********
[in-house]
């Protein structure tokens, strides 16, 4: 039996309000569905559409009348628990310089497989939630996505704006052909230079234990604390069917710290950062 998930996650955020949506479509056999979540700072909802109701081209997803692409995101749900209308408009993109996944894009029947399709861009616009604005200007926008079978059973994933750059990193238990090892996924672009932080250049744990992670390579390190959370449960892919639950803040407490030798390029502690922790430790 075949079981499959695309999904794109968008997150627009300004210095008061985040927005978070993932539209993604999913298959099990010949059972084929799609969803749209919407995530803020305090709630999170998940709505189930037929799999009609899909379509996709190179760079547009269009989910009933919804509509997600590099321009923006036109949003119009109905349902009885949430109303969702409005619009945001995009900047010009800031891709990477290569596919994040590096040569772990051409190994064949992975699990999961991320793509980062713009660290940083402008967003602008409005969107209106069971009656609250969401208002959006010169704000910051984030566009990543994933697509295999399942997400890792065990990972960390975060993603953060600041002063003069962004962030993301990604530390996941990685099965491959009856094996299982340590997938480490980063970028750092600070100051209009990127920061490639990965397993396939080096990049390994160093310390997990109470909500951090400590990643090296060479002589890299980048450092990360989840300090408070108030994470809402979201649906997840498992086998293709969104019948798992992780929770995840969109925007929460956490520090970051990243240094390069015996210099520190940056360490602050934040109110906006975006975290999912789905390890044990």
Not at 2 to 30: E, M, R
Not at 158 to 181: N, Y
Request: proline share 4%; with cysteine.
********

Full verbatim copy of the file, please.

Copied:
[in-house]
């Protein structure tokens, strides 16, 4: 039996309000569905559409009348628990310089497989939630996505704006052909230079234990604390069917710290950062 998930996650955020949506479509056999979540700072909802109701081209997803692409995101749900209308408009993109996944894009029947399709861009616009604005200007926008079978059973994933750059990193238990090892996924672009932080250049744990992670390579390190959370449960892919639950803040407490030798390029502690922790430790 075949079981499959695309999904794109968008997150627009300004210095008061985040927005978070993932539209993604999913298959099990010949059972084929799609969803749209919407995530803020305090709630999170998940709505189930037929799999009609899909379509996709190179760079547009269009989910009933919804509509997600590099321009923006036109949003119009109905349902009885949430109303969702409005619009945001995009900047010009800031891709990477290569596919994040590096040569772990051409190994064949992975699990999961991320793509980062713009660290940083402008967003602008409005969107209106069971009656609250969401208002959006010169704000910051984030566009990543994933697509295999399942997400890792065990990972960390975060993603953060600041002063003069962004962030993301990604530390996941990685099965491959009856094996299982340590997938480490980063970028750092600070100051209009990127920061490639990965397993396939080096990049390994160093310390997990109470909500951090400590990643090296060479002589890299980048450092990360989840300090408070108030994470809402979201649906997840498992086998293709969104019948798992992780929770995840969109925007929460956490520090970051990243240094390069015996210099520190940056360490602050934040109110906006975006975290999912789905390890044990």
Not at 2 to 30: E, M, R
Not at 158 to 181: N, Y
Request: proline share 4%; with cysteine.